(c) fetching and executing RISC instructions of one of a plurality of emulation subroutines stored in an on-chip instruction cache of said microprocessor chip specified by the branch vector address transferred during step (b) during a second phase of operation, for executing a next source instruction following completion of the previous source instruction in parallel with the operations of steps (a) and (b) thereby enabling said first and second stages of said emulator to execute each said source instruction in a highly overlapped pipelined fashion.
20. The method of claim 19 wherein step c further includes the step of executing a plurality of reduced instruction set (RISC) instructions of said one of said plurality of emulation subroutines for emulating said general purpose computer in executing said each source instruction.
Description
BACKGROUND OF THE INVENTION

1. Field of Use

The present invention relates to systems which execute complex instruction sets and more particularly to computers which emulate the operations of other computers.

2. Prior Art

There are a number of systems designed to simulate or emulate the operations of a different type of computer (source computer). In certain cases, this has involved the use of separate translating programs to convert the source computer programs into a form executable by the emulating or simulating computer. This approach has proved time consuming and inefficient.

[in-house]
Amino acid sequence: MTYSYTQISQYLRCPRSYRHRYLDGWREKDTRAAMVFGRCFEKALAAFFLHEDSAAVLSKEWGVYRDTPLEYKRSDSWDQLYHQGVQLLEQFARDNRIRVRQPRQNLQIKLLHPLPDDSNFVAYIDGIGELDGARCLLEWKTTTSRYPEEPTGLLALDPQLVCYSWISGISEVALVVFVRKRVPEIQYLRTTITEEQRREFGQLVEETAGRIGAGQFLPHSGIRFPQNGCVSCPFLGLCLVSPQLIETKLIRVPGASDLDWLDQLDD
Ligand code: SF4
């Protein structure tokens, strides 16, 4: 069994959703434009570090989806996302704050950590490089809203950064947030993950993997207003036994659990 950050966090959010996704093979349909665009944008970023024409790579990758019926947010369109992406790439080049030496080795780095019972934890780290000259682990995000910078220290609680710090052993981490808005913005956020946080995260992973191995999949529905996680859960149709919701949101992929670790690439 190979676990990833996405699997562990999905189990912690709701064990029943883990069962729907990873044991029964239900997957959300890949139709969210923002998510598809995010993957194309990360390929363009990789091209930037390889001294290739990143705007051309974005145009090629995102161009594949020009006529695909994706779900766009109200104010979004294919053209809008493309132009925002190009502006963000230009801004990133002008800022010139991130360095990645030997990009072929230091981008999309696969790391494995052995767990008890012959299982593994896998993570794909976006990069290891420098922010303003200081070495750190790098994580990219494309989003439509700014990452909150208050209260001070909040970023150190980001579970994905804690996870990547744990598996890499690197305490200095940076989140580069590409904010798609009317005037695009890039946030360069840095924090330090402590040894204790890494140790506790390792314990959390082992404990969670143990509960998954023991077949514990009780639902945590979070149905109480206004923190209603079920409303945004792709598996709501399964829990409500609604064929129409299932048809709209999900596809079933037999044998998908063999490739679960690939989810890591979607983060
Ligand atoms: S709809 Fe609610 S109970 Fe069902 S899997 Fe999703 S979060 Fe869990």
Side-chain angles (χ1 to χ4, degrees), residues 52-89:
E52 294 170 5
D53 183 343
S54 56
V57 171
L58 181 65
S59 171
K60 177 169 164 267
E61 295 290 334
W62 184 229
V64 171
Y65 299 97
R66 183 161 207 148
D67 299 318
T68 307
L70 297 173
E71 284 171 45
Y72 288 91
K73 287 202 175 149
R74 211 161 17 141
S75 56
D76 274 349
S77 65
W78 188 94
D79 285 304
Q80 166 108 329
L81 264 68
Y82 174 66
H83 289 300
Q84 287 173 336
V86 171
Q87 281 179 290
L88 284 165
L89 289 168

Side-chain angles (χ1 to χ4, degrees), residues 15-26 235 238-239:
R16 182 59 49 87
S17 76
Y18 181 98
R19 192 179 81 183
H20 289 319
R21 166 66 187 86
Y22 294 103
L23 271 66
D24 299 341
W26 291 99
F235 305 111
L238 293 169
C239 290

To overcome the above disadvantages, one solution has been to provide a general purpose computer which includes a simulative interpretative capability enabling the computer to reference subroutines for executing source computer instructions. This arrangement is disclosed in U.S. Pat. No. 3,698,007 which issued on Oct. 10, 1972.

Another proposed approach has been to design the architecture of a computer specifically for efficient execution of source program instructions. It has been recognized that this approach requires a substantial investment in terms of cost and resources. Moreover, with continued rapid improvements in computer technology, such investments must be ongoing in order to remain product competitive.

Accordingly, it is primary object of the present invention to provide a high performance computer system which is capable of emulating the complex instruction set of a general purpose computer system.

It is a further object of the present invention to provide a high performance computer system which uses commercial or existing computer technology.

SUMMARY OF THE INVENTION